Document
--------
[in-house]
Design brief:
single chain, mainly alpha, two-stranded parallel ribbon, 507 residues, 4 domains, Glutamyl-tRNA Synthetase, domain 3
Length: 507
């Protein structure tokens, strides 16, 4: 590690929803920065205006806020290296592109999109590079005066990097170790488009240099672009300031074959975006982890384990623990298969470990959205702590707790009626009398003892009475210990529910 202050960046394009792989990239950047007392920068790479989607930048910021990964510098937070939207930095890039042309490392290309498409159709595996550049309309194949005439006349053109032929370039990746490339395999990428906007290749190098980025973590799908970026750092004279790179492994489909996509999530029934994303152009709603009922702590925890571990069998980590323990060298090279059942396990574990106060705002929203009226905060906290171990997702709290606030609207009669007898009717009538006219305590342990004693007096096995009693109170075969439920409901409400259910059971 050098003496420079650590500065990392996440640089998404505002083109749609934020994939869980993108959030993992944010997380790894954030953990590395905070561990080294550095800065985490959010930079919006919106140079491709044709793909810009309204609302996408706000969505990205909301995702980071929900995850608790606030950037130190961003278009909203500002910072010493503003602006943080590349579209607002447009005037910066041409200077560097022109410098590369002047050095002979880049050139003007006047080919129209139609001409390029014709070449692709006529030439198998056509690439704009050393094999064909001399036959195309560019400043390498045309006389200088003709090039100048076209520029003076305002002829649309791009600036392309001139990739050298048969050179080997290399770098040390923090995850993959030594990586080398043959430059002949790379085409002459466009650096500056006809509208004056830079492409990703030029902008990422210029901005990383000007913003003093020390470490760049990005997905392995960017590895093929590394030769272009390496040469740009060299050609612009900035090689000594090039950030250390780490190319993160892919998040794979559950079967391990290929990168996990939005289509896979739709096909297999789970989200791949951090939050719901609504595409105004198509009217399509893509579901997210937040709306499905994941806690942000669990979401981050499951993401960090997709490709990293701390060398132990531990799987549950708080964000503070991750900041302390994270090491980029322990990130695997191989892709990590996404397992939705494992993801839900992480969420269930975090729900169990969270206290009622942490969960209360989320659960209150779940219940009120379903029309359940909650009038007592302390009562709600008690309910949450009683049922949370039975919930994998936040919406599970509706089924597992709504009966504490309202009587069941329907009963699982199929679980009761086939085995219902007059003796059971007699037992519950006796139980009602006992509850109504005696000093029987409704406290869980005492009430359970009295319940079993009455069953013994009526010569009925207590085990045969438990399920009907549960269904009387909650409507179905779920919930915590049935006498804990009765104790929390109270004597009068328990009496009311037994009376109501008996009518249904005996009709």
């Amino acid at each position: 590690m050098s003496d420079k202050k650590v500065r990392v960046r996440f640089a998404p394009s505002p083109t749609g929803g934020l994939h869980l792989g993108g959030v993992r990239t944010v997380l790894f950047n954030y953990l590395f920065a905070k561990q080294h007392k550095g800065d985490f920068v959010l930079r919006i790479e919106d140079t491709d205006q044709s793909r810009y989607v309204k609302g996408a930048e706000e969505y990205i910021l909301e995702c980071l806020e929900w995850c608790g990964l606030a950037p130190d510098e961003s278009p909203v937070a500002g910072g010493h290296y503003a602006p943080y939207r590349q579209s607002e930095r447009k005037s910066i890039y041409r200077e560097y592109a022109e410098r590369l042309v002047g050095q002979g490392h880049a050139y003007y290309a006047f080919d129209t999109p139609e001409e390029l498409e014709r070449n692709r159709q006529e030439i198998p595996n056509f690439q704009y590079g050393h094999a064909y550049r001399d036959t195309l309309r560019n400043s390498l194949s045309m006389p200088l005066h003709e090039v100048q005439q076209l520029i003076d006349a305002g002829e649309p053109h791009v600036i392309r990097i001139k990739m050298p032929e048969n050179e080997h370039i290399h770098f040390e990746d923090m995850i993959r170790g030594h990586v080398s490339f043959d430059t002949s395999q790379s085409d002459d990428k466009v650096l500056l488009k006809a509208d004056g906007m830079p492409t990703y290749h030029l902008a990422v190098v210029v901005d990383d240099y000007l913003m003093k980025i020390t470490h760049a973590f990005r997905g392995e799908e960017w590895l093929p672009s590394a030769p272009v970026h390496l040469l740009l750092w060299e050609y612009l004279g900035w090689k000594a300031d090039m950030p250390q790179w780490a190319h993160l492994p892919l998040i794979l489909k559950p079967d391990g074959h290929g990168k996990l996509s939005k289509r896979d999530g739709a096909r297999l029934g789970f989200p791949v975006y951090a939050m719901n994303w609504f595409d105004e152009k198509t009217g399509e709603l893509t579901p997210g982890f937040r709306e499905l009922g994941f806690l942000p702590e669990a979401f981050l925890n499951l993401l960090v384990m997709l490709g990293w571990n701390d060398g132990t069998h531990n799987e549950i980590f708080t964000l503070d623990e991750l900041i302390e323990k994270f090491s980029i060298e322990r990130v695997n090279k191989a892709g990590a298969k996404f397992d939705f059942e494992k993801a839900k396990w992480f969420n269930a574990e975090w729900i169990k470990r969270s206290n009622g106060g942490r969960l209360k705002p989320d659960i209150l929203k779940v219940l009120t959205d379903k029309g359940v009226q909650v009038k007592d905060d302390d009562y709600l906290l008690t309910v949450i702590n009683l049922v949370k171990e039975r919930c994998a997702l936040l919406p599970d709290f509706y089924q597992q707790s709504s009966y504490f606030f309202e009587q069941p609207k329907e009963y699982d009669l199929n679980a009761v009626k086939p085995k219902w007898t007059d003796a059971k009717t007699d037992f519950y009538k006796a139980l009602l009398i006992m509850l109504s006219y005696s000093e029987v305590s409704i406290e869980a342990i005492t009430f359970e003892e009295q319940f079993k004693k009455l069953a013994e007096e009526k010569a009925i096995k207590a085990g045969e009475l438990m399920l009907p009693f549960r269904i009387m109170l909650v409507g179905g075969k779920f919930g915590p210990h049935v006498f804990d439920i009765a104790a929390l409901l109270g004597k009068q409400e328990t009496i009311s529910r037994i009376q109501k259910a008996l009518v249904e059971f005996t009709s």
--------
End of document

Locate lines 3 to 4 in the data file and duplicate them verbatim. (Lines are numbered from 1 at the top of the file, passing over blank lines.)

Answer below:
single chain, mainly alpha, two-stranded parallel ribbon, 507 residues, 4 domains, Glutamyl-tRNA Synthetase, domain 3
Length: 507